The Dangerous Kitchen, a Charitable Discovery

In some of my earlier blogs I have talked about discoveries in charity shops. Well the other day I found something else.

Hanging in the widow of a small shop was a rather battered ladle, even in the poor light of the window I could see that the bowl was of copper and it was obviously of some age. I didn’t even bother examining it closely but happily paid the two pounds requested.

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Back home, and after a vigorous polishing, I realised it would make an excellent addition to my collection of objects that illustrate Regency and Victorian life. The bowl is of a heavy gauge copper, whilst the handle is of iron. The detailing of the hook at the end is slightly asymmetrical which would suggest it was hand forged. All this makes me think the ladle is of some age, nineteenth or even eighteenth century.

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Cleaning revealed that the bowl showed signs of tinning, covering copper in tin was essential when cooking as copper salts could leach into the food and poison it. Modern copper vessels are now coated in steel as tin was a soft metal and could easily be worn away in use (that was one reason why wooden spoons were so popular). Copper vessels had to be re-tinned at regular intervals, and letters and diaries often mention having to send pots and pans to be tinned, and complaining of the expense.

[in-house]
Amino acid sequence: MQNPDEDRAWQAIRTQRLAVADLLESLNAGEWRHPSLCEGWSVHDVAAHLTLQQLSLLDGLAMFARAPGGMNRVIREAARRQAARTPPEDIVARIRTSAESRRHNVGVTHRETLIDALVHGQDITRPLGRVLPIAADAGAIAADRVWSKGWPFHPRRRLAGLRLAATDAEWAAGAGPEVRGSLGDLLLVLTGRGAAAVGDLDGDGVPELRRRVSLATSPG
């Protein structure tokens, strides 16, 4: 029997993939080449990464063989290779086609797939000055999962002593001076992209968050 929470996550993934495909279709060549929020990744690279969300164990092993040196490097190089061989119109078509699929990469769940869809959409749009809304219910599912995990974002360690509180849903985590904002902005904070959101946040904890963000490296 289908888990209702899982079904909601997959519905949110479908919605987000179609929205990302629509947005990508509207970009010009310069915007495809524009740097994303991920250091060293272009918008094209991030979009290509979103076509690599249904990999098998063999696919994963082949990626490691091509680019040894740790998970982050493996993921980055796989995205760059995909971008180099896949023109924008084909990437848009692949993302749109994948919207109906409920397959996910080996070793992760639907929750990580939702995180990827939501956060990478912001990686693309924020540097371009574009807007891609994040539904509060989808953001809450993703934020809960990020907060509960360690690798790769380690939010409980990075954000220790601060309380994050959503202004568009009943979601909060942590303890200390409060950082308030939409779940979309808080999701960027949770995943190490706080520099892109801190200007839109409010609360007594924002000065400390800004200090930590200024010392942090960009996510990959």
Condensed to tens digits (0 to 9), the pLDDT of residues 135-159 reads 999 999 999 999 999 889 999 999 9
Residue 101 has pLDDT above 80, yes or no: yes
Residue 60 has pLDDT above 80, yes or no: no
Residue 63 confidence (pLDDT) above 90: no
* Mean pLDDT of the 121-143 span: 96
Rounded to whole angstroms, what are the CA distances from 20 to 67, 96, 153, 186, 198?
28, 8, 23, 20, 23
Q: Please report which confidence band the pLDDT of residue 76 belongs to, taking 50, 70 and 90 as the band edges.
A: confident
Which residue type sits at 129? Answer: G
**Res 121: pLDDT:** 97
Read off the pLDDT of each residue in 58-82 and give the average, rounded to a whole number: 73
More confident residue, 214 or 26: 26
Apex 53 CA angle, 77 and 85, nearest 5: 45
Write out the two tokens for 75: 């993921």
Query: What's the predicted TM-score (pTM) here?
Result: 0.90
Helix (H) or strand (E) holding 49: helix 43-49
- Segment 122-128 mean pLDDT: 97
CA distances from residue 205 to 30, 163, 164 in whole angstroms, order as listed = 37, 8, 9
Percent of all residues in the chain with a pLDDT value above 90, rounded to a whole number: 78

So if the food was cooked using poisonous implements, and contained poisonous ingredients such as Laurel, and was served on lead-rich pewter plates it is a wonder that our ancestors survived the eighteenth century.

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1 Comment

Filed under Georgian, Reconstructing the Regency, Regency

One response to “The Dangerous Kitchen, a Charitable Discovery

  1. The Great British Knock Off, not so alive and well. I blame Channel 4

    Like

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